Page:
Ahead of G20, India’s road safety challenge

Ahead of G20, India’s road safety challenge

It is high time to remind all global stakeholders to pay special attention to road safety. Individual nations, and the international community at large, seem to realise the urgency of the matter. There is also a case for the G20 to pay attention to the issue.

While the death toll in road crashes in India and several other developing countries continues to be high, the level of public awareness today is greater than ever. This has a lot to do with the untiring and multifaceted approach of governments, civil society organisations and individual road safety warriors, and the incessant support — philosophical and financial — of various international organisations.

The World Bank notes that improving road safety in India is vital to the nation’s health, well-being, and economic growth. The already-deprived sections of society are the most vulnerable to road crashes — they include road users like pedestrians, cyclists, two-wheelers, and unprotected children. Close to 70 per cent of the fatalities on the roads are people belonging to the economically productive section of the population.

Road safety is intrinsically linked with the G20’s main agenda of economic growth and prosperity. However, the issue does not seem to have received headline space on the group’s agenda so far. In 2016, international road safety organisations requested G20 leaders to support the UN goal of halving the death toll on roads by 2030. The proposal, however, did not go much further.

The ongoing events of the G20 under India’s presidency raise fresh hopes of tackling the persisting challenges of road safety. In 2019, India enacted the Motor Vehicles (Amendment) Act 2019 — a powerful modern tool, which, if systematically implemented, would make the country’s roads significantly safer. However, several well-framed public programmes do not give the desired results because their implementation is not systematically monitored and evaluated, and accountability is not fixed.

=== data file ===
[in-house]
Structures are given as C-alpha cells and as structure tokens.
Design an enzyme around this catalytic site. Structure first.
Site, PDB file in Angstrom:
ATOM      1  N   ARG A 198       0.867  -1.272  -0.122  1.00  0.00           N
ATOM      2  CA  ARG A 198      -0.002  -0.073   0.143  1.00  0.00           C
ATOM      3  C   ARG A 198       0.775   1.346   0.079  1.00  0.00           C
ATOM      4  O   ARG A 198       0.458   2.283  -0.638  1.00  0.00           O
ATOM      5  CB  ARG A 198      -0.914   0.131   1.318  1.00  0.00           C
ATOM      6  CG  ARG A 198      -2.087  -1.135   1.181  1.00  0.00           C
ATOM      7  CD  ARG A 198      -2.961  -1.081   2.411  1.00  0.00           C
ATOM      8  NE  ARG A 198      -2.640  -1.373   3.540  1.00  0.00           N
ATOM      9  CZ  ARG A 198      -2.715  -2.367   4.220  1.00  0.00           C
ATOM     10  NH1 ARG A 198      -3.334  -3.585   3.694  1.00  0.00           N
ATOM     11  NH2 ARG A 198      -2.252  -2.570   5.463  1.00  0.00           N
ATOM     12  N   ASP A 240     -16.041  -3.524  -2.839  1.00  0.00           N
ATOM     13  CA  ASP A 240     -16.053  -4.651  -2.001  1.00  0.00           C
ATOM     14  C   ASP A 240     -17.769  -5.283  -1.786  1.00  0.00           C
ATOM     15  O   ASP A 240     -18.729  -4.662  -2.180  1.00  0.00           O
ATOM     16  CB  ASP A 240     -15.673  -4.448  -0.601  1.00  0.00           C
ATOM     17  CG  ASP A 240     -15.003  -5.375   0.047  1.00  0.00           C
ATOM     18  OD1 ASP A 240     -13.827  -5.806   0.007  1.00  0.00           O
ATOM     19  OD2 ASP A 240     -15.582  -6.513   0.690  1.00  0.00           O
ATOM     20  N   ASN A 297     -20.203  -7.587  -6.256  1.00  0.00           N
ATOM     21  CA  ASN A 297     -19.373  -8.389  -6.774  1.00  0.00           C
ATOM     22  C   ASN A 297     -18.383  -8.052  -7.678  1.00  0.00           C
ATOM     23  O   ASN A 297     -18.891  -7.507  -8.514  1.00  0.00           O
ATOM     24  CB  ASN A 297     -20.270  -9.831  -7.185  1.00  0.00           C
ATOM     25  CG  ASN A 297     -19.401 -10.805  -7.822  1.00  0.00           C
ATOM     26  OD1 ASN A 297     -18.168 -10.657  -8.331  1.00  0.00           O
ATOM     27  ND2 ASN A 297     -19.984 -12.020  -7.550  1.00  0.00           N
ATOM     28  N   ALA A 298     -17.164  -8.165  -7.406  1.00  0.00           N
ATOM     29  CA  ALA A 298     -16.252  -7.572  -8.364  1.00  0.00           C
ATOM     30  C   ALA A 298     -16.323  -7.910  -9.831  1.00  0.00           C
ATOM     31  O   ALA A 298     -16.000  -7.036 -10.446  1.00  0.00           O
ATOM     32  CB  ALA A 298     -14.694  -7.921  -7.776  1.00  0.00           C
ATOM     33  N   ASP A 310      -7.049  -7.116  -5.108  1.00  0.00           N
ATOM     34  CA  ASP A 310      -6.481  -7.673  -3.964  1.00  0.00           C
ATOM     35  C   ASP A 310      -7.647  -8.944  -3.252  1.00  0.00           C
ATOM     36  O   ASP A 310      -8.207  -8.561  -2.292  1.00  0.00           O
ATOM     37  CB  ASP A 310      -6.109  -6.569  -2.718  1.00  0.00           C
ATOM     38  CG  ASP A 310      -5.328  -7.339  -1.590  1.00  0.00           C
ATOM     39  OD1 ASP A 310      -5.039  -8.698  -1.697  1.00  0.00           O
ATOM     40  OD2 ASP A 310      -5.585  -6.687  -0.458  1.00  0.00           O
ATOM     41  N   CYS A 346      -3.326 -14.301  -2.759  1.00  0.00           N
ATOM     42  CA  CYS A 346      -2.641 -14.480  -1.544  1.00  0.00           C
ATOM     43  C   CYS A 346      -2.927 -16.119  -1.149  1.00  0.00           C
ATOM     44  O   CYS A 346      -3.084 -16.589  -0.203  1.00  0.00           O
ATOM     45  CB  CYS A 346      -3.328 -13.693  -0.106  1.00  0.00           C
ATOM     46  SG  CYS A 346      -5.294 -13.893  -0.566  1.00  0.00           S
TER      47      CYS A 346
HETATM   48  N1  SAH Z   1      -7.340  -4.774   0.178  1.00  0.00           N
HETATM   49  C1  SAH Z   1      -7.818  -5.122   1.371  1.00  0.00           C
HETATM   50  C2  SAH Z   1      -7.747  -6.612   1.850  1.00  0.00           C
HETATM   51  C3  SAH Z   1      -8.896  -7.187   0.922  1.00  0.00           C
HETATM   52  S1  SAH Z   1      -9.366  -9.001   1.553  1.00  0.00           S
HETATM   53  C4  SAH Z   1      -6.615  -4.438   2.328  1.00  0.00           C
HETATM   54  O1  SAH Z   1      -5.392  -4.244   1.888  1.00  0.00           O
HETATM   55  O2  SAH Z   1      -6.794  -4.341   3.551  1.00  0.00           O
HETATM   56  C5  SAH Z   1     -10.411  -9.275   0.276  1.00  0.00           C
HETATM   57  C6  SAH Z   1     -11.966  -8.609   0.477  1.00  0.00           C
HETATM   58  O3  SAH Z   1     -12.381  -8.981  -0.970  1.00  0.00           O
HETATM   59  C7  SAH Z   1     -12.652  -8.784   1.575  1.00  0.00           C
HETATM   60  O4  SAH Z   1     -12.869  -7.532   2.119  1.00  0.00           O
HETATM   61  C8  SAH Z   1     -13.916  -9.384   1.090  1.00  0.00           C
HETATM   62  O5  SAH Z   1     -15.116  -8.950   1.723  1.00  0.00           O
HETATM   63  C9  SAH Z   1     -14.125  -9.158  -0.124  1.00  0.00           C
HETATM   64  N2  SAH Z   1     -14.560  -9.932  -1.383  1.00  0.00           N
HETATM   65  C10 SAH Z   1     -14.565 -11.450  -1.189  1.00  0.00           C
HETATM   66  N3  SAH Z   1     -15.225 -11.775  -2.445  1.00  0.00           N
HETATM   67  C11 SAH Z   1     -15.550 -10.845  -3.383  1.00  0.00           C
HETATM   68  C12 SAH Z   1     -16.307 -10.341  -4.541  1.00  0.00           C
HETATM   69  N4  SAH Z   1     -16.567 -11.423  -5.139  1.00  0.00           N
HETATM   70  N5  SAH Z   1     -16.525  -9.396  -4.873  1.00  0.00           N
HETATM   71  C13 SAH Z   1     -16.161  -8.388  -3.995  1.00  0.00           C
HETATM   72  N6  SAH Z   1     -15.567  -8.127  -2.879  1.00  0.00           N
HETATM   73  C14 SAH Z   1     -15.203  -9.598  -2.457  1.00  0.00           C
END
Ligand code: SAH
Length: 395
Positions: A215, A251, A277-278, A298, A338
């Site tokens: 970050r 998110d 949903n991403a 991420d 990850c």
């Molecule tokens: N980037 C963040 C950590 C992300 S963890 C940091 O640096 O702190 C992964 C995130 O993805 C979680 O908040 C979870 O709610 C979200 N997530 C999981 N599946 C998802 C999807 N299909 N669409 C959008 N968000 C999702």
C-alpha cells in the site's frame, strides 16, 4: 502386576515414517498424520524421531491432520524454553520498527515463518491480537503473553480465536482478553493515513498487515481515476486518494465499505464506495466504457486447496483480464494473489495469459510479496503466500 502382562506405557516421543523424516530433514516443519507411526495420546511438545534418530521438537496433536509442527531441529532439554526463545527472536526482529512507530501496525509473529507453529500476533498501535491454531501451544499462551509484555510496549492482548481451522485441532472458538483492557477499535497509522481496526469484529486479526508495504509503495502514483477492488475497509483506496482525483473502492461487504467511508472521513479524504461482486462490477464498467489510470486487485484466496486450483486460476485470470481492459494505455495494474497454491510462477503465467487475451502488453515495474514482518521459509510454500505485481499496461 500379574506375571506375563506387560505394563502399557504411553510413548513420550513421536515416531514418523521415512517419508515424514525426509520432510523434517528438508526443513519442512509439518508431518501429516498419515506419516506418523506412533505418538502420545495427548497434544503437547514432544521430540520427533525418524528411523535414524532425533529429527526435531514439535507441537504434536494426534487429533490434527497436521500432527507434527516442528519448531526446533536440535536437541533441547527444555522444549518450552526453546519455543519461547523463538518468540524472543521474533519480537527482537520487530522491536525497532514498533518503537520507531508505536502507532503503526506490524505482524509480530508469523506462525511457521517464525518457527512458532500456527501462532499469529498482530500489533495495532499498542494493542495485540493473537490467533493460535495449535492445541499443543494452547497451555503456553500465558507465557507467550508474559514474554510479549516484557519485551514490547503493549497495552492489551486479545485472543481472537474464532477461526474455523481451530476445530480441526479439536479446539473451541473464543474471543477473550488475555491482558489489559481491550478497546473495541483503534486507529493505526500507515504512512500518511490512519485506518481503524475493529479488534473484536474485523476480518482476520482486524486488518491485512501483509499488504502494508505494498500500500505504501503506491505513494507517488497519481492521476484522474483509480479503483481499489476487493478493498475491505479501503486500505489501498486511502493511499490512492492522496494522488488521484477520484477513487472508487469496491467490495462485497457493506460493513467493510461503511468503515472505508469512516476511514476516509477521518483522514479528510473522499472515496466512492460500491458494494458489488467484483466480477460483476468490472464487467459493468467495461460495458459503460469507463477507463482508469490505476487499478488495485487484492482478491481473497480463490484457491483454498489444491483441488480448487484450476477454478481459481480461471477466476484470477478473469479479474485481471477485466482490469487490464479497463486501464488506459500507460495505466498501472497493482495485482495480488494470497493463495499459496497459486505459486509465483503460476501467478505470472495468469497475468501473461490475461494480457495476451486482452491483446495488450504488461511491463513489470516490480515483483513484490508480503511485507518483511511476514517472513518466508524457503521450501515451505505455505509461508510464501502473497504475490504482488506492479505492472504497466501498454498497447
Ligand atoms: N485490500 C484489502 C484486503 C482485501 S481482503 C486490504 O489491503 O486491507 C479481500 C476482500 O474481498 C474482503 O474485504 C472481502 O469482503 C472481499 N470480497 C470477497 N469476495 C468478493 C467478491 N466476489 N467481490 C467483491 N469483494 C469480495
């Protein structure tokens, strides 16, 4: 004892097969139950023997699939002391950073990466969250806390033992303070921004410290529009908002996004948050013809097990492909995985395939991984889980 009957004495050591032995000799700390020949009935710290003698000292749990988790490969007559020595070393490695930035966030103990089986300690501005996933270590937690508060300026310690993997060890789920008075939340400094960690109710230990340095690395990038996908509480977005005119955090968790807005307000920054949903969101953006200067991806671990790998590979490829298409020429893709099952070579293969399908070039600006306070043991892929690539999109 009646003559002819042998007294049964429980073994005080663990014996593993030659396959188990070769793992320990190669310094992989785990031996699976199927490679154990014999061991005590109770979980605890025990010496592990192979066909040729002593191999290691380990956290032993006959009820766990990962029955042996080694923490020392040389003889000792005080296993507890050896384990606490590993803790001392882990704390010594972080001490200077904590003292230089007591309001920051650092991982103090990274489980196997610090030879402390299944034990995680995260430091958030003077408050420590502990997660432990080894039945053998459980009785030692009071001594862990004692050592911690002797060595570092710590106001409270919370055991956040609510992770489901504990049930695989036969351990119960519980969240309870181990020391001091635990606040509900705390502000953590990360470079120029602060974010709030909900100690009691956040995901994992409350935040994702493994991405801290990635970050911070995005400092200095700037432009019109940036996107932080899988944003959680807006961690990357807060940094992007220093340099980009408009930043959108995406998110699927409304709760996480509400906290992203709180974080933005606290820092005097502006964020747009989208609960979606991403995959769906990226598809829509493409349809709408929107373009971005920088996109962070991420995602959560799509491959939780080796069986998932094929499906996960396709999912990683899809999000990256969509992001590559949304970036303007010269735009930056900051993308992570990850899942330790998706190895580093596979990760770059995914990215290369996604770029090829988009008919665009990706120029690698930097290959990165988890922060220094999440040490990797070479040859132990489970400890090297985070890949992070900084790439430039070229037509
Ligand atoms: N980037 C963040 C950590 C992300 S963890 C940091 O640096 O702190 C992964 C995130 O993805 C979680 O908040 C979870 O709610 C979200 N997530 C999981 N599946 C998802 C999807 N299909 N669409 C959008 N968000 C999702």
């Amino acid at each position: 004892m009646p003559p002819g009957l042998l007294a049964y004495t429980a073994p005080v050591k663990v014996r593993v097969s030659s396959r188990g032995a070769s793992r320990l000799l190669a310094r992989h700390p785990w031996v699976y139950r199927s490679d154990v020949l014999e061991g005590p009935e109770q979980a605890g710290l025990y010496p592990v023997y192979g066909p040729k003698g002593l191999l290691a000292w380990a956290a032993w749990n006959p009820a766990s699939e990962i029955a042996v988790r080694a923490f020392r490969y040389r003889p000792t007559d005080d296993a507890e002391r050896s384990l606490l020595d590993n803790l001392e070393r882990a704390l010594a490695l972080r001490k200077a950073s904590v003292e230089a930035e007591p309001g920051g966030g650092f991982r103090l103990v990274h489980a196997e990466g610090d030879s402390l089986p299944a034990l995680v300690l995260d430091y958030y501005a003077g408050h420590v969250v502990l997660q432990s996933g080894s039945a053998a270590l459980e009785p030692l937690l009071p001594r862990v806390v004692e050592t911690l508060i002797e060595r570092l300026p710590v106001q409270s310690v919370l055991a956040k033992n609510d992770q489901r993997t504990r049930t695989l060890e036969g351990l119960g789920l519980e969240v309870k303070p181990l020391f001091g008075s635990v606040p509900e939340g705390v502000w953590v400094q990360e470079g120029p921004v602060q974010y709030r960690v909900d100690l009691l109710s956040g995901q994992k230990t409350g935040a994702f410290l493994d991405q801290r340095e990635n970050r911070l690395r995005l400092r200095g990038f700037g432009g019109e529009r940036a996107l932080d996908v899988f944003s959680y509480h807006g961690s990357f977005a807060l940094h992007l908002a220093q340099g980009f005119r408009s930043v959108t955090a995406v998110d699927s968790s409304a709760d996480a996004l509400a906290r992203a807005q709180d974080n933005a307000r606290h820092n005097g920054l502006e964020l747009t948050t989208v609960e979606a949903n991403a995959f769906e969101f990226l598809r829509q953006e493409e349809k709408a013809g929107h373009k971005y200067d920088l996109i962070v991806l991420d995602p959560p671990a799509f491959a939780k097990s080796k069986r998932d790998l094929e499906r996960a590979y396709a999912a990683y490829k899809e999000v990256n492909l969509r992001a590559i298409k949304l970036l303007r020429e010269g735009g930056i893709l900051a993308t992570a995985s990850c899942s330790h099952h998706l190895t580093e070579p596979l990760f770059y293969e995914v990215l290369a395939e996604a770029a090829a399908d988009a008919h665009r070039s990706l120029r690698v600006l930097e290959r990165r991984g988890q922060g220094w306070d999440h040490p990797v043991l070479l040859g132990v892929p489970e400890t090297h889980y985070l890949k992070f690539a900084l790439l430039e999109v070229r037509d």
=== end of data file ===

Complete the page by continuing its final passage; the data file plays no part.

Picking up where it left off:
The Centre and some state governments do have an excellent record in completing development projects, including by making imaginative use of information technology. Even then, the UN goal of halving deaths and serious injuries on roads by 2030 appears difficult. Many of the affected countries, including India, despite their sincere efforts, have not been able to curb the number of road crashes appreciably.

India, with its well-earned recent reputation of getting several things right, can be a harbinger of change. The country’s response to the Covid-19 pandemic, probably the worst global crisis in recent times, is a good example of its ability to effectively deal with difficult challenges. As a country where road safety is an issue of serious concern, India can initiate conversations and steer the G20’s resources towards collective scrutiny of ideas and practices that can bring meaningful change.

There is a pressing necessity to think afresh and bring about a significant reduction in the number of road crashes. An approach that fixes accountability needs to be drawn up urgently. I propose the following.

The G20 countries can convene a special meeting to formally take note of this grave challenge and deliberate on possible result-oriented solutions.

G20 members with commendable road safety records can partner with some of the countries struggling to tackle this challenge.

The group could institute a road safety fund (G20 RSF) to help countries reduce road crashes significantly. Progress could be evaluated over a six-month cycle and the release of future financial aid should be contingent on the effective utilisation of funds.

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The G20 should urge the countries concerned to frame a plan that sets targets for reducing the number of road accidents. The project should be equipped with adequate resources and given administrative freedom without compromising on accountability.

The member countries should urgently consider the privatisation of road safety systems in accident-prone areas and highways by countries that receive the G20 RSF. These areas could be called the Zones of Excellence in Road Safety (ZoEs) and formally notified as such. It should be incumbent on the concessionaire to develop all requisite road safety conditions in the ZoEs, especially in aspects related to the four Es — education, engineering, enforcement and emergency. The ZoEs could serve as models for other areas.

One hopes that the G20 under India’s presidency will frame a road safety action-plan, and agree upon developing an institutional mechanism for this purpose. Such an approach could make the roads of large parts of low- and middle-income countries safer. This would add a feather in the cap of the current G20’s theme of “One Earth, One Family, One Future”.

The writer is Member, National Road Safety Council

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